C. Medication Effect on EEG:

Comparison between studies of people with schizophrenia is confounded by
some studies using medicated individuals and others using non-medicated individuals. Furthermore, there exists a range of possible antipsychotic medications available, further confounding comparisons between studies, as participants in different studies may be medicated differently. There appears to be a lack of recent literature addressing this issue from which to draw upon.

The effect of medication on EEG is a complex issue. As such the influence
that it has on EEG signals should be reviewed on a case by case basis.

D. Source Localization of the EEG:

One technique for source localisation is ‘Low Resolution Electromagnetic
Tomography’ (LORETA). This creates a three dimensional image of the electricalnactivity within the cortex from the 2-dimensional scalp recordings (Pascual-Marqui, et al., 1994). This technique creates a topographic map of the EEG oscillations byncalculating the smoothest “3-dimensional current distributions” between thenoscillations based on the data (Pascual-Marqui, et al., 1994, p. 49). Subsequently, we will reconstruct the current density dynamics from each estimated source. The peak energy at each source (within a particular time window) can then be used as a potentially more accurate estimate of the latency differences between activation of particular areas of the brain.

9. Event Related Potentials (ERPs)

ERPs are the summation of synchronous activation of pyramidal neurons that
consist of negative and positive wave forms (Epstein, 2003). They are considered to be the neurobiological response or transient change of regularly occurring wave forms as a function of sensory stimulation or internal event processing (Celesia ; Peachey, 2005), and are considered to be indicative of cortical information processing (Pfurtscheller ; Lopes da Silva, 2005).

10.Exposure to early biological risks

There is now a growing evidence indicating that certain environmental factors to
which a baby may be exposed in the mother’s womb or at birth are related to
vulnerability in developing schizophrenia. (Mueser & Gingerich, 1994). Perhaps
exposure to early biological risks explains how a person who does not have the
inherited tendency becomes the first person in his family to have schizophrenia.
Exposure to early biological risks can be via two ways: viral infection or birth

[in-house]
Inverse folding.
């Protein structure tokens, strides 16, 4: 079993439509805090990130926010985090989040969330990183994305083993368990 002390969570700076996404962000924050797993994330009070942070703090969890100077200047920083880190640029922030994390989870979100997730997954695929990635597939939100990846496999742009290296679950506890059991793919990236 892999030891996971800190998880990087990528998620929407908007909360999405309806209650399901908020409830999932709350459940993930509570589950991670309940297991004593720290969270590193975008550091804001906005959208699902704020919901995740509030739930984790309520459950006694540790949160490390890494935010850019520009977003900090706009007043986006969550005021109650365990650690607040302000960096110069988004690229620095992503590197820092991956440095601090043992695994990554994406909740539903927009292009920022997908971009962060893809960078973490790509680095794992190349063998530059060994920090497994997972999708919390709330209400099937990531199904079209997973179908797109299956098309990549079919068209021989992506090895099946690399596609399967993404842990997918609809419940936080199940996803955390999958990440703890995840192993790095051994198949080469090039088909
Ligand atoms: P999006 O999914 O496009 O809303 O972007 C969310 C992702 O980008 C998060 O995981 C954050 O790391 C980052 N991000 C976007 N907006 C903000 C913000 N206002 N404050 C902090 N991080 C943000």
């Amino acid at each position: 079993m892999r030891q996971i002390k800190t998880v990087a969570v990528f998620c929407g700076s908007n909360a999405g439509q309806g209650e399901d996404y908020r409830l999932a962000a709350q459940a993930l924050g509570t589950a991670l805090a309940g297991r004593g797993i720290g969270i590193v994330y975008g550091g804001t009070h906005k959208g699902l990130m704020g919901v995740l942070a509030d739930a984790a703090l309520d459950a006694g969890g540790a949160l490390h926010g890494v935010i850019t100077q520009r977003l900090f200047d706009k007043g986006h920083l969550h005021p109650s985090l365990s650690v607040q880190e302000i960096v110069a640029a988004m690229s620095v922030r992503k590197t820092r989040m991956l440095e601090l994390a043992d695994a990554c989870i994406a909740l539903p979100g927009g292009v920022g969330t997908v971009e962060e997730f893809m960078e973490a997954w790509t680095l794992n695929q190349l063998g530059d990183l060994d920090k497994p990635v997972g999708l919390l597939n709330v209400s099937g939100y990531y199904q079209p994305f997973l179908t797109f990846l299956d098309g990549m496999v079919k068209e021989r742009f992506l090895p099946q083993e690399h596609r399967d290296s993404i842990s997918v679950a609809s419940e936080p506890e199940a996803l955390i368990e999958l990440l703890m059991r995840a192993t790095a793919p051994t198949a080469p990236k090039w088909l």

(a) Viral infection:
Several studies have shown that schizophrenia may be associated with prenatal
exposure to influenza. For example, Sarnoff Mednick and his colleagues (1991)
followed a large number of people after a severe influenza epidemic in Helsinki,
Finland and found that those whose mothers were exposed to influenza during their
pregnancy were much more likely to have schizophrenia than others. This observation has been confirmed by some researchers (eg. O’Callaghan et al., 1991; Venables, 1996). However, there are also researchers who did not agree to this observation (Torrey, Rawlings, ; Waldman, 1988). (Cited in Barlow ; Durand, 2002)
(b) Pregnancy and Birth complications:
More convincingly are the evidence of birth complications in identical twins. Carson ; Sanislow (1993) found that birth complications such as the loss of oxygen (anoxia) could affect only one of the identical twins. McNeil (1987) found that obstetrical complications appear often among twins with schizophrenia in discordant identical pairs, and among the more severely affected if both twins have schizophrenia. (Cited in Barlow ; Durand, 2002.) Other examples of birth complications reported are forceps delivery and fetal distress. Some scientists suggested that exposure to these types of environmental “insult” may cause small amounts of brain damage which only become apparent later in the person’s development. (Mueser & Gingerich, 1994.)
If a person has a biological vulnerability/predisposition to schizophrenia, excessive
stress can trigger the symptoms of schizophrenia according to the Stress-Vulnerability Model. Excessive stress can be in the form of traumatic life events such as the death of a loved one, marital or boy-girl relationship break up, or loss of job. Living in an environment in which there is a great deal of conflict, hostility, criticism or negativity between the patient and others (either family members or professional staff) can be stressful to patients and increase their risk of relapse. (Mueser & Gingerich; Brown, 1959; Brown et al., 1962). Also, an environment that places heavy demands on the patient can be stressful. (Mueser & Gingerich, 1994).
(d)Coping Skills:
Coping skills refers to a patient’s ability to handle stress effectively and thereby
reduce the negative effects of stress. Some evidences of poor coping skills are a lack of social skills and the inability to relax. Having had a biological vulnerability to schizophrenia, the excessive stress a person experiences and is unable to cope with will trigger an onset of schizophrenia or a relapse. (Mueser ; Gingerich, 1994.)
(e) Drug abuse:
Drugs don’t directly cause schizophrenia, but studies have shown drug misuse
increases the risk of developing schizophrenia or a similar illness.
Certain drugs, particularly cannabis, cocaine, LSD or amphetamines, may trigger
symptoms of schizophrenia in people who are susceptible.
Using amphetamines or cocaine can lead to psychosis, and can cause a relapse in
people recovering from an earlier episode.
Three major studies have shown teenagers under 15 who use cannabis regularly,
especially “skunk” and other more potent forms of the drug, are up to four times
more likely to develop schizophrenia by the age of 26.